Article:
It's no secret that when you are involved in a personal injury claim the opposing counsel will attempt to prove that your injuries do not exist or are not as serious as you claim they are. In the old days, that sometimes meant hiring someone to follow you around and snap photos of you participating in activities that could prove your claims were exaggerated. While that could still happen today, it is more likely that the opposing counsel will keep tabs on you and your actions via your social media profiles. Here's how:
Viewing Your Public Photos
Any photos you share on social media may be subject to the opposing counsel's prying eyes and interpretation, especially if you share them publicly. Because others can also share your photos, they may end up on websites or in other places where you least expect them. Sharing an old photo of you and your spouse dancing up a storm might send up a red flag if you are claiming you are not able to stand or work due to an injury. The fact that the photo was taken before your injury may be difficult to prove, unless you have the original dated photo on your computer. (If this ever happens to you, check the properties on the original photo. The metadata contained there will give the date the photo was taken.) Likewise, posting a current photo of yourself taking a short walk on the beach may be misinterpreted as a day out for fun in the sun. Remember a photo doesn't need to show you doing something you claim you cannot do in order to damage your case. If the photo gives the impression that you may be exaggerating your claims, the opposing counsel will likely try to use it against you.
Reading Your Public Posts
Photos aren't the only danger of social media to your personal injury case. What you say about your life and about the accident can come back to haunt you, too. The best way to prevent misinterpretation is to refrain from saying anything about your accident or about your physical and emotional state via social media. Even old statements can cause problems. For example, if you had posted about back pain prior to your accident, the opposition may be able to claim it was a pre-existing condition. Some sources recommend deleting any old posts that may give ammunition to the opposing counsel, but this may be seen as destruction of evidence, which could lead to more serious problems. While you really can't do much about old posts, being aware of them and informing your lawyer will give you time to prepare a defense if they are brought up in court.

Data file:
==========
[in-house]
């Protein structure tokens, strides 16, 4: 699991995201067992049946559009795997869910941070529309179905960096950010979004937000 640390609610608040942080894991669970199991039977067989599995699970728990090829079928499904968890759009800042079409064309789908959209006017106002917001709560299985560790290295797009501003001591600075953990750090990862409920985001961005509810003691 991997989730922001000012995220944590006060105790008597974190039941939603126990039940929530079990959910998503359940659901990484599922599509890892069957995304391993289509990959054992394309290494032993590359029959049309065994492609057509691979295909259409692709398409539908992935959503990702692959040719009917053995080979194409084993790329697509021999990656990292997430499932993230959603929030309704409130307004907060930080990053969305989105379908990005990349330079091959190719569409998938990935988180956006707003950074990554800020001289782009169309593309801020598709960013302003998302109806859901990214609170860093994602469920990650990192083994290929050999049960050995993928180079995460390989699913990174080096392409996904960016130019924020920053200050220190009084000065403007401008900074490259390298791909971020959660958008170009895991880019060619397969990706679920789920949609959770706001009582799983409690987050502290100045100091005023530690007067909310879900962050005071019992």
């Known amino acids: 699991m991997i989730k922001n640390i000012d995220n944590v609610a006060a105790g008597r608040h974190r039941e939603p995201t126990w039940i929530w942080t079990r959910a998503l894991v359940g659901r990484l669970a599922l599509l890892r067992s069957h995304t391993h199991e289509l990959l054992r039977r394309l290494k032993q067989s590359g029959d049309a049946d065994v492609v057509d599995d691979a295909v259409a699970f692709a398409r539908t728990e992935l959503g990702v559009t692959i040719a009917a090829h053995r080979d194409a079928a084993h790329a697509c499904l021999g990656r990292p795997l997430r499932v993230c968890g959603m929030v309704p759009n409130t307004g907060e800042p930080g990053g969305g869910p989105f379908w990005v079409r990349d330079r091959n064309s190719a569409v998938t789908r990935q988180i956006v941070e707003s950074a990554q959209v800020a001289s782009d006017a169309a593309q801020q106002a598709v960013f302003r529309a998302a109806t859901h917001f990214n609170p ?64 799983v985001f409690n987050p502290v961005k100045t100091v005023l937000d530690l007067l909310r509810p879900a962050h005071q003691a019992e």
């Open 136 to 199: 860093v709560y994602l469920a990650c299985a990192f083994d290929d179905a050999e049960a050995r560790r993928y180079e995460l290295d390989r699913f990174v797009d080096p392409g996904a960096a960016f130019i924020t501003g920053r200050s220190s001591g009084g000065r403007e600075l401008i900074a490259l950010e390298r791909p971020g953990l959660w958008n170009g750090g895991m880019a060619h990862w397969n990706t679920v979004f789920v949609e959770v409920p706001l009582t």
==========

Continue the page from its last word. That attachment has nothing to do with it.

Accessing Your Social Media Accounts
The opposing counsel can easily gain access to your social media accounts and peruse all of your information, including photos, posts, friend and follower lists, who you have de-friended or unfollowed, and any other actions you have committed with your account. This means that even if you have refrained from public posts about your accident or injuries, but have discussed it with friends, the opposing counsel will know that too. To gain access to your accounts, the opposition will need to get permission from the court, who will order you to provide written permission for the opposing counsel to gain full access to your account.
Contacting Your Friends and/or Followers
Once the opposing counsel has access to your social media accounts, they can then contact your friends and followers to gain more information about you. They may even contact those you have blocked or unfriended to try and get the scoop on you.
Refraining from posting to social media until your personal injury claim is settled will prevent you from accidentally saying or doing something that could be harmful to your case. But, if that is not an a realistic option, use caution when posting and don't share information about your injury or your case. Talk with a personal injury lawyer for more information.